Friday, December 13, 2013

Standing in the Waterfall

I have a problem.  However, most Christians wouldn't believe it's a problem.  In fact, some might scoff in disbelief.  I've taken stock of my own walk with God compared to others, and I've come to the conclusion that I'm not like other brethren.  I'm strange, different, and quite odd.


I never get spiritually dry.  

You know those familiar laments - "I'm so far from God..."  "My prayers just seem to hit the ceiling..."  "It's like God isn't listening..."

This never happens to me.  And while I'm not trying to brag about it, I have noticed my predicament and wondered why?  What makes me so different than my fellow Christians?  I doubt myself often.  "My time is coming," I think to myself.  "Just you wait, Becka.  Everyone has dry spells."

Yet as each day passes, as each week passes, as each month passes, God is still there, God still speaks, God is right there with me.  What is going on?  And why don't other Christians live lives such as this?  Have I found some secret to keeping God before me and beside me (Psalm 16:8)?  I know it's not because I'm "special".  God's grace is undeserved.  There is nothing in me, save for Christ, that impresses the Lord God Almighty.

So I asked Him, "Lord, please show me why I never get spiritually dry.  Allow me to pass this on to my brethren, so they can know how to never lose sight of You."

God, as He's so apt to do with me, gave me a picture in my head.  I immediately understood.  But let me explain a bit.  He also gave me a few Scriptures to help bring the picture together.

First of all, let me describe my typical day.

I listen to sermons.  Sometimes only sermon snippets, but I've got YouTube, podcasts, and such to listen to.  I love to explore old-timey preachers, so I'm always on the look-out for great, Christ-exalting, Scripture-expositing sermons since there seems to be a terrible lack of them in today's pulpits of cheap grace.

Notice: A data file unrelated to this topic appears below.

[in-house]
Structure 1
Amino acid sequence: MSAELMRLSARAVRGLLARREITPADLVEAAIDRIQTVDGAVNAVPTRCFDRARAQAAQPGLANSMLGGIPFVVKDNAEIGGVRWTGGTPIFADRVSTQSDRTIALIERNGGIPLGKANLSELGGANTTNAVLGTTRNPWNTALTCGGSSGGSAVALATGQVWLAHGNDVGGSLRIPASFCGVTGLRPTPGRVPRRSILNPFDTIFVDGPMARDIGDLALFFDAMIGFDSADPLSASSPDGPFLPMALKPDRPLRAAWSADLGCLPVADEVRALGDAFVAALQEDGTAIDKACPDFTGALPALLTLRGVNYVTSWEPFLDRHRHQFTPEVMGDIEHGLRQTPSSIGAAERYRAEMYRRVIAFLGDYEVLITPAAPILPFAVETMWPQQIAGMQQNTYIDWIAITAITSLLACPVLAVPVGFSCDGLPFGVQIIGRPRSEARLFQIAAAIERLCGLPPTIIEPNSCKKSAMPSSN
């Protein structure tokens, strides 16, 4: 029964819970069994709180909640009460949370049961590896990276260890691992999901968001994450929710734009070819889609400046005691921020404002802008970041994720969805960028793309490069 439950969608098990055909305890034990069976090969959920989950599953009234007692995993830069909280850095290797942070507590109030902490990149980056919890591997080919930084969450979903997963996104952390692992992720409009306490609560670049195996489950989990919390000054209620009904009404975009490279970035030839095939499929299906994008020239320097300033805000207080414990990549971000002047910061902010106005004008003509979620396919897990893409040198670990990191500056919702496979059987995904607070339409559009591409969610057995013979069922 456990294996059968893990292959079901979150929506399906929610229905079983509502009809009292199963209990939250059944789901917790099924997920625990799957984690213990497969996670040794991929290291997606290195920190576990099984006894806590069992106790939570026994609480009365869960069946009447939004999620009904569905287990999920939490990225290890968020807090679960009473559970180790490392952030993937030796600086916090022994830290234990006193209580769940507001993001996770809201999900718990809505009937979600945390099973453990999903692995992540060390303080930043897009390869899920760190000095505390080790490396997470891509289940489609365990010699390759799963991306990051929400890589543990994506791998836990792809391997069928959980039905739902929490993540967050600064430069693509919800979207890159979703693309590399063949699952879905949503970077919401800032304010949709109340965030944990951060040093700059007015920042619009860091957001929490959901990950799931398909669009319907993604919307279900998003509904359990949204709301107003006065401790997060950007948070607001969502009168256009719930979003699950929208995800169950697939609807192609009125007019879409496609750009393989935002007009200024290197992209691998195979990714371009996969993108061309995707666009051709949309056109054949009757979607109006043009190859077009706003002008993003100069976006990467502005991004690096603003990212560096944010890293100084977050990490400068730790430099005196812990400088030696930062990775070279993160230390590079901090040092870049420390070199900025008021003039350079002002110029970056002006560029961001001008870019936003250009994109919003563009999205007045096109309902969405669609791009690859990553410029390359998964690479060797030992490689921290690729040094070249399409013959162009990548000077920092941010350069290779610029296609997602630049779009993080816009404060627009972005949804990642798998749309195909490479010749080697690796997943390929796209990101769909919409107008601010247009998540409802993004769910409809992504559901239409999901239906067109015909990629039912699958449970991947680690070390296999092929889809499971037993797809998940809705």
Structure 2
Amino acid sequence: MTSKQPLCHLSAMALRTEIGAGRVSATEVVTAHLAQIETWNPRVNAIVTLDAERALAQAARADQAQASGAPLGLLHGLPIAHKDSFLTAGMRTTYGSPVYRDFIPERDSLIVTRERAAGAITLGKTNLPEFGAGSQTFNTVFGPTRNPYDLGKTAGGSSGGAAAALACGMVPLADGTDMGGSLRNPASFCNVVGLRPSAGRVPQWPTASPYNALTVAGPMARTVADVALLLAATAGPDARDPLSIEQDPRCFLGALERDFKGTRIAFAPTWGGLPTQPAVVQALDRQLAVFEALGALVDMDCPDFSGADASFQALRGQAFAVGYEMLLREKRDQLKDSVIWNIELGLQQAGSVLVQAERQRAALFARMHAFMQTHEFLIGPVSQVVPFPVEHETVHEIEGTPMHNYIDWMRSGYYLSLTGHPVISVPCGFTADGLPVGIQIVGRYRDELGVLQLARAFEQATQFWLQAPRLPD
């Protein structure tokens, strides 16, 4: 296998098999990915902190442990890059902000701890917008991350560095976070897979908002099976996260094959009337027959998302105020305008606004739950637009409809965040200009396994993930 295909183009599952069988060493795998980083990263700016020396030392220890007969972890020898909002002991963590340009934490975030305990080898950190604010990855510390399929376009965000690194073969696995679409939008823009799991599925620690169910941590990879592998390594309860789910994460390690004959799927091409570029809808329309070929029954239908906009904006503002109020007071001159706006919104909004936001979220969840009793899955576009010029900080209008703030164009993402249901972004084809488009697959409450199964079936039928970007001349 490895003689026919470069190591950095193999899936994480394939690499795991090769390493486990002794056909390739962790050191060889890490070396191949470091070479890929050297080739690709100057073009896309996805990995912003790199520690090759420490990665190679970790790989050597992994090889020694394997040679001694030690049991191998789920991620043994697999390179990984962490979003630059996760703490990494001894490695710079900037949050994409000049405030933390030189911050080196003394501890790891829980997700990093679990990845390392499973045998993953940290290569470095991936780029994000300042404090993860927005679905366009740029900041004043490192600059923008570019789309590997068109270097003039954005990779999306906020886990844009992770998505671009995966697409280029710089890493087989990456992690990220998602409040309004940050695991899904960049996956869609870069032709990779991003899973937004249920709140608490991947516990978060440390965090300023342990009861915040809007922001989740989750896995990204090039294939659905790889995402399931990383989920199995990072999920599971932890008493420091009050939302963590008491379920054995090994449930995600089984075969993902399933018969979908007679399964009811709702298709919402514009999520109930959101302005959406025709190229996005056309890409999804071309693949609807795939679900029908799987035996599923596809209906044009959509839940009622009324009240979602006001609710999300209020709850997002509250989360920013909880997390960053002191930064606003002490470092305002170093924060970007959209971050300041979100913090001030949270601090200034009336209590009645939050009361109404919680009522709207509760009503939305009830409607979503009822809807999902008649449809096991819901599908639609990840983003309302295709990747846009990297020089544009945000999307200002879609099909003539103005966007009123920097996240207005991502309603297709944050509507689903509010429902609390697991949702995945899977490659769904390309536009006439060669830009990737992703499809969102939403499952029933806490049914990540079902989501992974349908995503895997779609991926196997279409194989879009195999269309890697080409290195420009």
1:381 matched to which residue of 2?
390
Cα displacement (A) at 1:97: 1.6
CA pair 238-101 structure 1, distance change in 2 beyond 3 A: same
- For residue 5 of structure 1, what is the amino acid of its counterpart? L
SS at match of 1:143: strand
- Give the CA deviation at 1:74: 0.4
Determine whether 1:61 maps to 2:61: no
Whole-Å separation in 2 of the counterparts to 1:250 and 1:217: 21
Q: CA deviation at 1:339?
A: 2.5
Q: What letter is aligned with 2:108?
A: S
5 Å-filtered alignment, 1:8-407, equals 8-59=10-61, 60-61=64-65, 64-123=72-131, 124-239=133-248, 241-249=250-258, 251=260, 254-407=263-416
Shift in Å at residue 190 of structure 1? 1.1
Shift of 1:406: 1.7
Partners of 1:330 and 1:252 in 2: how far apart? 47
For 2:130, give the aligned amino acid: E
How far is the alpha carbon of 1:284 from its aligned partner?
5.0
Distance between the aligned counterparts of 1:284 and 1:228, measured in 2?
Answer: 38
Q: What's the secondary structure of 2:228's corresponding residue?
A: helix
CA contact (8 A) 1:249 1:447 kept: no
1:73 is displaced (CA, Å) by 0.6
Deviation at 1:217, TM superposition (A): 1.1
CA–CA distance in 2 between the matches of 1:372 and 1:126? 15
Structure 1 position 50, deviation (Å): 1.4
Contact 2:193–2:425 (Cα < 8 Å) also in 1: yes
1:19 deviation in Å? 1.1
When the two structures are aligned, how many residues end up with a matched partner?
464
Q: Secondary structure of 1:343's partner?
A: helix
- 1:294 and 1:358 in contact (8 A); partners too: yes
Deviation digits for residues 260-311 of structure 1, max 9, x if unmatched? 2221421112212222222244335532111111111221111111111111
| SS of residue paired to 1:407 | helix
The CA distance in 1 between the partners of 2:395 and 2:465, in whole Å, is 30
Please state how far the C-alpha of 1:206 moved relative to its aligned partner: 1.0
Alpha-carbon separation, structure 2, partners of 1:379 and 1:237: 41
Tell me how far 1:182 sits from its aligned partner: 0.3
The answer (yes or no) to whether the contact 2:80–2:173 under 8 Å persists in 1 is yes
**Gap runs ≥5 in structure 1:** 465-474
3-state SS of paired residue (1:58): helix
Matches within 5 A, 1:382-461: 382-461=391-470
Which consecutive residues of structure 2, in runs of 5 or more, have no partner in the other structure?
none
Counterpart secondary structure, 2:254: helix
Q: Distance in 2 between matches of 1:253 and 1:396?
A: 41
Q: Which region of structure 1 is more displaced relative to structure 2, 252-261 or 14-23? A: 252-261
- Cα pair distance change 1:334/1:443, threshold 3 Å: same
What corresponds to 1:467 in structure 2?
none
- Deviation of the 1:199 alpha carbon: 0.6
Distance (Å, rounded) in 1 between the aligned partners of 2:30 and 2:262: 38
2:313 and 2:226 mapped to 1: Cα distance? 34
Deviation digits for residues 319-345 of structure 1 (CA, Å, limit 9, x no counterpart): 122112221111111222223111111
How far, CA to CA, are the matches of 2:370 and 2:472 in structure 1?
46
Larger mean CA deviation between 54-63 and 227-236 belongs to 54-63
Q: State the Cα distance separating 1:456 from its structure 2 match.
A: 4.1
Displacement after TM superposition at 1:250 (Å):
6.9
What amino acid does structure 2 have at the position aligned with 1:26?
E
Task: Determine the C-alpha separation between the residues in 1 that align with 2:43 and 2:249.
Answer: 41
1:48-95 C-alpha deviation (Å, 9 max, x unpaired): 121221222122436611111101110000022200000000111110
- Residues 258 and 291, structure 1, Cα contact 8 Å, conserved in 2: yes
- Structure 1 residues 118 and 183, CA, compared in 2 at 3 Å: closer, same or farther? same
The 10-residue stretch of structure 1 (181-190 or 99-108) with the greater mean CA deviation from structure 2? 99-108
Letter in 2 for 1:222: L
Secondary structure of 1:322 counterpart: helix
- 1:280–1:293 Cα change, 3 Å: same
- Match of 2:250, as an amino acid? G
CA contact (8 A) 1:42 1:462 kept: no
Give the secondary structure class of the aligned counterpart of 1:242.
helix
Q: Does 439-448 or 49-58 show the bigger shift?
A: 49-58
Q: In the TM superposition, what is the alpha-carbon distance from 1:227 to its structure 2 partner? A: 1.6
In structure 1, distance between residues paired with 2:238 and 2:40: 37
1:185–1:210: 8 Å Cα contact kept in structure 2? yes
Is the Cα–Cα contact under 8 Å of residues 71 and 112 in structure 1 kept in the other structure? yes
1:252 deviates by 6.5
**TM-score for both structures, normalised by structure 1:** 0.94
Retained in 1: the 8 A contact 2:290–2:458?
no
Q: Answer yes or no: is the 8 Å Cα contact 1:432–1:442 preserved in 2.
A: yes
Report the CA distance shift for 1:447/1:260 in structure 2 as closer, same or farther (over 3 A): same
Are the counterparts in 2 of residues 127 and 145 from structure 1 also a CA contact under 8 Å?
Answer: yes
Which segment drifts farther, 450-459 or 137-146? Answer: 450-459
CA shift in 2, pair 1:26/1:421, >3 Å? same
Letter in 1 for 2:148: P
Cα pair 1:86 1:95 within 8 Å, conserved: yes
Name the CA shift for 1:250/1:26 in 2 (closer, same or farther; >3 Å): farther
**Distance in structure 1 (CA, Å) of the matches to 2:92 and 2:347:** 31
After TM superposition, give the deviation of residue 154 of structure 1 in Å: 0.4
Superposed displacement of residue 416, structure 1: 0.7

I pray all day.  Not only do I try to have a specific prayer time every day (be it morning or evening), I pray all day, every day.  God is my "invisible Best Friend".  I talk to Him about what's for dinner.  I laugh with Him over the antics of my children.  He comes with me to the store.  I ask His opinion all the time.  This never really stops.  My kids are used to Mom "talking to herself".  My husband thinks I'm weird.  But I am ever in God's shadow.

I don't listen to secular music.  I often have no clue who the next up-and-coming band is.  Kids or hubby will mention so-in-so and I have to admit, "I don't know who that is."  Aside from some golden oldies and music from the 80's, I never listen to the world's music.  I'm just not a fan.  I've been doing this since I was a kid.  I would get up and get ready for school by listening to Christian radio.  On the way to school, I'd pop in some Christian tapes (don't judge lol).  I've never had a huge desire to listen to songs that go on and on about how hot someone is, how they're partying at the club, or the raucous electronic cacophony known as dubstep.  So go ahead, world, lick your dirty construction equipment and wear your nasty meat dresses.  I'm not interested, nor am I impressed.